Our second day in Osaka, we decided we were done with Osaka, and so headed to Nara, a popular tourist spot for Japanese people. We somehow managed to make it up early and head out by 10, tiny Japanese convenience store snacks in hand. The train ride wasn’t so bad, and the train was empty so we could really chill and giggle at the Japanese people sneaking peaks at me, or us, I guess either is an enigma.
The area is wooded and hilly, just the way I like it
The station was very simple, and I found that delightful.
I was roasted like a lobster from the previous day, so we spent the first few minutes in Nara dodging from shadow to shadow (“I know the word for this! 影！” “wow caleb your chinese is better than anybody in the whole world” is exactly how that conversation went) and searching for a place that sold sunscreen. After coming across the most fortunately placed drug store in the world, I lubed up and we headed east towards where maps said all the cool stuff in Nara is, in the hilly park.
Some sort of exhibition hall. Everything inside was closed but the bathrooms were perfect for a pre-hot-day-walking-forever prep.
Came across these terrors in a little touristy shop
As we were walking down this little pedestrian, shop-lined street, Tanchin got a wicked case of hiccups. She asked me to scare her. When I did, loudly screaming in Japanese “LOOK OUT A CAR” as a biker road past, I got a lot of weird looks. I thought they believed I was just a random scary laowai scaring the shit out of a helpless Japanese girl so I thought it best to book it to a street over.
The first temple or whatever we came across. I noticed lots of white highlights, challenging what I though earlier about the white on the Osaka castle meaning western influences.
Our second mission, after sun screen, was to find Mochi. Great success.
Still haven’t found ramen as good as the last time Tanchin and I got it in Tokyo, but whatever, it’s the most filling thing offered in Japan. It had been my running joke that if you want to eat in Japan, your only options are Soba, Ramen, Udon, or Sushi. It made her furious every time I cracked that when we were trying to figure out what to eat, and yet without fail we would not be able to find anything but those foods for our entire time together.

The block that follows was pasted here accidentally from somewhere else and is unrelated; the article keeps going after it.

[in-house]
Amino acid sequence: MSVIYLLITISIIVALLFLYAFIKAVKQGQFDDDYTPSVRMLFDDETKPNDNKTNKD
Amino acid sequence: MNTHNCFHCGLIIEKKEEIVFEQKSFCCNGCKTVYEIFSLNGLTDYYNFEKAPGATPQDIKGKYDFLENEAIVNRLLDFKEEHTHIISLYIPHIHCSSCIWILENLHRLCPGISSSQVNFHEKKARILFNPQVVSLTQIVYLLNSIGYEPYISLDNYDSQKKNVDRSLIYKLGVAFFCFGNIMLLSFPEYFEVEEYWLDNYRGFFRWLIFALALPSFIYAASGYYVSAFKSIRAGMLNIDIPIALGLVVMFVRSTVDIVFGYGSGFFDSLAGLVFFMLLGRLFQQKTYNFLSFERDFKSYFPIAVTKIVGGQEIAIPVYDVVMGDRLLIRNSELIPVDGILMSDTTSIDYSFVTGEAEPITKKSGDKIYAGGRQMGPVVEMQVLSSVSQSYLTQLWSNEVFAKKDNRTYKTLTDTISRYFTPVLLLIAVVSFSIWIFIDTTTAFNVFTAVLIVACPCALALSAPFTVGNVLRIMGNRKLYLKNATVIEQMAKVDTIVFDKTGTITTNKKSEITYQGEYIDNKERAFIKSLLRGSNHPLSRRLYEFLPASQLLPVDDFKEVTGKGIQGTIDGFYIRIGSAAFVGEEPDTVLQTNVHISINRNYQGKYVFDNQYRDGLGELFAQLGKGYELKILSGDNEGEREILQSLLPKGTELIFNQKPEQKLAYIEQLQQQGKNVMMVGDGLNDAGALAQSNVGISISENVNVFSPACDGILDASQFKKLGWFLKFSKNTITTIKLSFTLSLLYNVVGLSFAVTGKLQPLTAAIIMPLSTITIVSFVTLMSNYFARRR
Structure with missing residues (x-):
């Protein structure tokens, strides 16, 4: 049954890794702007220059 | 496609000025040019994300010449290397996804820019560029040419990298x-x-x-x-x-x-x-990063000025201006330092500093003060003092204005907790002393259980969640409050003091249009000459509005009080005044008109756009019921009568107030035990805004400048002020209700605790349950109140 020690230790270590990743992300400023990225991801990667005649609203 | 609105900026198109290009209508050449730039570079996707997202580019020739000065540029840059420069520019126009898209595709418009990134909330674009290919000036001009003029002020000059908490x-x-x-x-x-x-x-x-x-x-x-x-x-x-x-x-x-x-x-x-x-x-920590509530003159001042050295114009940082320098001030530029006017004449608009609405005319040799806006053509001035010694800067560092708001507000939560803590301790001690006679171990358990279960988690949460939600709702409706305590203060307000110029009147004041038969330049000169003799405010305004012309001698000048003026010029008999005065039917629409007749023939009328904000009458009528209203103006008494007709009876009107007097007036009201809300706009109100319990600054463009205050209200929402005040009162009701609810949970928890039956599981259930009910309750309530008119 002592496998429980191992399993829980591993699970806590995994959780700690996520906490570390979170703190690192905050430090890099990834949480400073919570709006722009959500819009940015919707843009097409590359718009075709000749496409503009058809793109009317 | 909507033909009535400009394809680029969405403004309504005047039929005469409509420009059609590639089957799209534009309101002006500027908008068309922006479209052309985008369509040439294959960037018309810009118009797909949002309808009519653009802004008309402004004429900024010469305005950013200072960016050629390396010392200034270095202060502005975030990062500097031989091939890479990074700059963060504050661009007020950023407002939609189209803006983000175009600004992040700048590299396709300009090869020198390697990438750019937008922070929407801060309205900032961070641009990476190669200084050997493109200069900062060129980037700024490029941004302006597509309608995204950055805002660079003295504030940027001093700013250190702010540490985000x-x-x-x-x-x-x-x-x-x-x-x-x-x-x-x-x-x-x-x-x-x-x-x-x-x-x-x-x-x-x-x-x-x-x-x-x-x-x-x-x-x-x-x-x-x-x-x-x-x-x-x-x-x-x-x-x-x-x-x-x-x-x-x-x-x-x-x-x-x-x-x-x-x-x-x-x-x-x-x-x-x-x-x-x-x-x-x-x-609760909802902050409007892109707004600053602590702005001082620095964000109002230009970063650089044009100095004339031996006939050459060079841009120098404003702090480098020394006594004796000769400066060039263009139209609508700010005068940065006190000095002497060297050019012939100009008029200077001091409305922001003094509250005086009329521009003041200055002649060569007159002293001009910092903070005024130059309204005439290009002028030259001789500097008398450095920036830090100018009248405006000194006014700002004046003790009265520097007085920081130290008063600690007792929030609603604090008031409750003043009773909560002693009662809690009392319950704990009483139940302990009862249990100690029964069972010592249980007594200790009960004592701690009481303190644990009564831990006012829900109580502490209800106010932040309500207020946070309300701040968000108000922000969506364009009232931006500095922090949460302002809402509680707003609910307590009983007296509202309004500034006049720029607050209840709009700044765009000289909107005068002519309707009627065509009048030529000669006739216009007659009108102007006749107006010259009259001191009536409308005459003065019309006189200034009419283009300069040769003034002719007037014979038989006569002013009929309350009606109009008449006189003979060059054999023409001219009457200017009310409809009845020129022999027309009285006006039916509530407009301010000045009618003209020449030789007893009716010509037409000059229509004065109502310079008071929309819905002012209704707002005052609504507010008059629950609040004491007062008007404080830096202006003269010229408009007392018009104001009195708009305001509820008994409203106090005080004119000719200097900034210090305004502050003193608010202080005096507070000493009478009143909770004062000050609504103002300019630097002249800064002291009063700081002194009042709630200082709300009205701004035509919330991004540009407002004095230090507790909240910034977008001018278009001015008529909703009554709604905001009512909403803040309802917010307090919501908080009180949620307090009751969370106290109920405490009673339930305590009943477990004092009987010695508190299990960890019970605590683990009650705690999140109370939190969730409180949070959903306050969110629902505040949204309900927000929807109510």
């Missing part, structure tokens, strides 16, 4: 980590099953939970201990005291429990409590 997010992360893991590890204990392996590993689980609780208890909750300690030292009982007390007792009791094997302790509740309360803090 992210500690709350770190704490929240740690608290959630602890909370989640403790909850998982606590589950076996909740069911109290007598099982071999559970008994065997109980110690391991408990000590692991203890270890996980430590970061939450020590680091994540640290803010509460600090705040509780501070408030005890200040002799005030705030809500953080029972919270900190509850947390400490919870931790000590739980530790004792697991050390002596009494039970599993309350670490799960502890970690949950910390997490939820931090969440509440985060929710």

Tons of school kids running around in absurdly hot uniforms.
The temples in this area were HUGE
Turns out the most exciting thing about Nara is its deer. There are hundreds of deer just wandering around, totally unafraid of people. In fact, they are really bold, and will really mess with you if you don’t feed them.
We spent a good hour or two just watching people get chased around by deer and having their shirts chewed on, then headed on to a pretty cool museum. On our way there, we came across some sort of festival in which Japanese people in traditional Polish outfits were on stage playing Mariachi music. I really wish I had taken a video.
Japan’s most mysterious job: Waterer of the Ground. I used to have to do this at my kindergarten. I never got an explanation as to why.
Inside the museum, we found Goku.
If you’ve been trying to figure out what a “戈“ or “dagger-axe” is, here’s where the character originated from.
This sink is a totally self contained washing unit. Even has a dryer on the right.
We spent a long ass time in a pretty cool museum of ancient statues, mostly just sitting around being exhausted and lazy. We finally got some energy and headed out, towards what I figure must be the main attractions of Nara considering it was milling with students.
Everything here was massive. It was incredible to think people had built these huge structures hundreds of years ago, and yet they still stood.
It doesn’t come across in the picture so well, but this statue had highlights on it that made it look utterly surreal.
We decided we had enough and zombie-walked our way back to the station, where the worst Jazz I had ever encountered was going down.
You ever heard Jazz off of sheet music? Blew my mind. The Japanese people loved it though. I told Tanchin I was insulted on a cultural level.
We somehow made it back to our hotel, showered, and decided we didn’t have enough of the night yet. So, we headed back into downtown Osaka to the most Tokyo-esque area they’ve got. We wandered around looking for some clubs based off of recommendations from redditors, and ended up at some pretty cool bars.
It was no Tokyo, but the place was pretty bumpin.
We finally found something other than noodles. Edamame and Takoyaki. That some yummy octopus balls, fo real.
The last picture I have from the night, taken at a chill bar cafe on the water.
We ended up finding a club that caters to foreigners quite well, called “Pure.” I balked at the price, 25 dollar cover, but when we got in they were giving out free drinks all night. Helluva deal in my opinion. We met a couple guys there who we chilled with most of the night, probably had too much to drink, danced (if you could call it that. We were convinced we were the two sexiest people on the dance floor), made some friends, and stumbled out of the place at 5am to a rising sun and trash trucks careening madly through the tiny pedestrian streets. Made our way to a train, somehow got into the hotel, and crashed with our shoes on.
Helluva day. My feet hated me after.